If housing costs exceed 30 percent of monthly household income, that household is considered severely cost burdened. Nationwide, according to the report, more than one in 10 households spend more than half of their income on housing. This burden is associated with food insecurity, child poverty and self-assessments of poor health, according to the authors.

Communities across the country are rising to this challenge with comprehensive strategies that include housing rehabilitation loans and grants, rapid rehousing initiatives, mixed-income development and civic engagement.

One such is the Appalachian community of Garrett County, Maryland, where affordable-housing initiatives are not only meeting immediate needs but promoting economic development.

View west along U.S. Route 40 Alternate (National Pike) crossing into Garrett County, Maryland from Allegany County, Maryland. Photo: Famartin/wikimedia

One ‘Unforeseen Event’ from the Street

For Aliana Havrilla, a community coach with the County Health Rankings and Roadmaps program, the single-most disturbing statement in this year’s report is that hundreds of thousands of households are but one unforeseen event – an illness, a job loss or even just a drop in hours – from losing their home.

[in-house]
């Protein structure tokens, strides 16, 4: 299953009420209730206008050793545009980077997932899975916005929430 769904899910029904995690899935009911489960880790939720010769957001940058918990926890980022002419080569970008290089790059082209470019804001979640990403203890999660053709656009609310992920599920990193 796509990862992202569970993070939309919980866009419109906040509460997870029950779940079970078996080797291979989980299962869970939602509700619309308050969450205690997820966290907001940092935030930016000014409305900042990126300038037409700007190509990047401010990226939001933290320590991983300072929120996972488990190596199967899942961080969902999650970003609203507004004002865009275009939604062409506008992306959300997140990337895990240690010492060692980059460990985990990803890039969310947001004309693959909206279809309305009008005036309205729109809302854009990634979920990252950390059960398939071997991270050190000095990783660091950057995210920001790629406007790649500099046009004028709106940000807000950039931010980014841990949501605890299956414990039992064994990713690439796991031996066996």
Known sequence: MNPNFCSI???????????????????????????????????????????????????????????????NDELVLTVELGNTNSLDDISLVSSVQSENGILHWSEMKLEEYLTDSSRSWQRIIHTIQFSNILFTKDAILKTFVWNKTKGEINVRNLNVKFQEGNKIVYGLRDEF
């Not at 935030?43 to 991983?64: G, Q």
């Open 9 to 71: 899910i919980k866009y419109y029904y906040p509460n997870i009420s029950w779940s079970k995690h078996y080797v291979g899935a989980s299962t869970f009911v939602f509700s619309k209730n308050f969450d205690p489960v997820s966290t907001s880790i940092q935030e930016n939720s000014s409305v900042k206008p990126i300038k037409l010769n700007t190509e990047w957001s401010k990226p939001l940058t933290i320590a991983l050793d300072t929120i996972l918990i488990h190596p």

According to the report, in 2016 nearly 900,000 households faced evictions.

That so many families and individuals have such a tenuous hold on secure housing, Havrilla asserted, “is a conversation that we don’t often have, but that we should be having.” It’s a conversation this report aims to advance.

For those who are able to remain in their home, struggling to meet a mortgage payment often means foregoing medical care or extending a few groceries beyond their capacity to nourish, triggering a cascade of health concerns.

While no region or demographic has been immune, the researchers determined that half of all rural counties have experienced an increase in severe housing cost burden since the housing crisis of 2006 to 2010, and that nearly one in four black households spend more than half of their income on housing.

Garrett County is Maryland’s westernmost county, abutting the state’s West Virginia and Pennsylvania borders. According to the County Health Rankings, it ranks 15th among the state’s 24 counties in health outcomes, health behaviors and clinical care, and 17th in quality of life.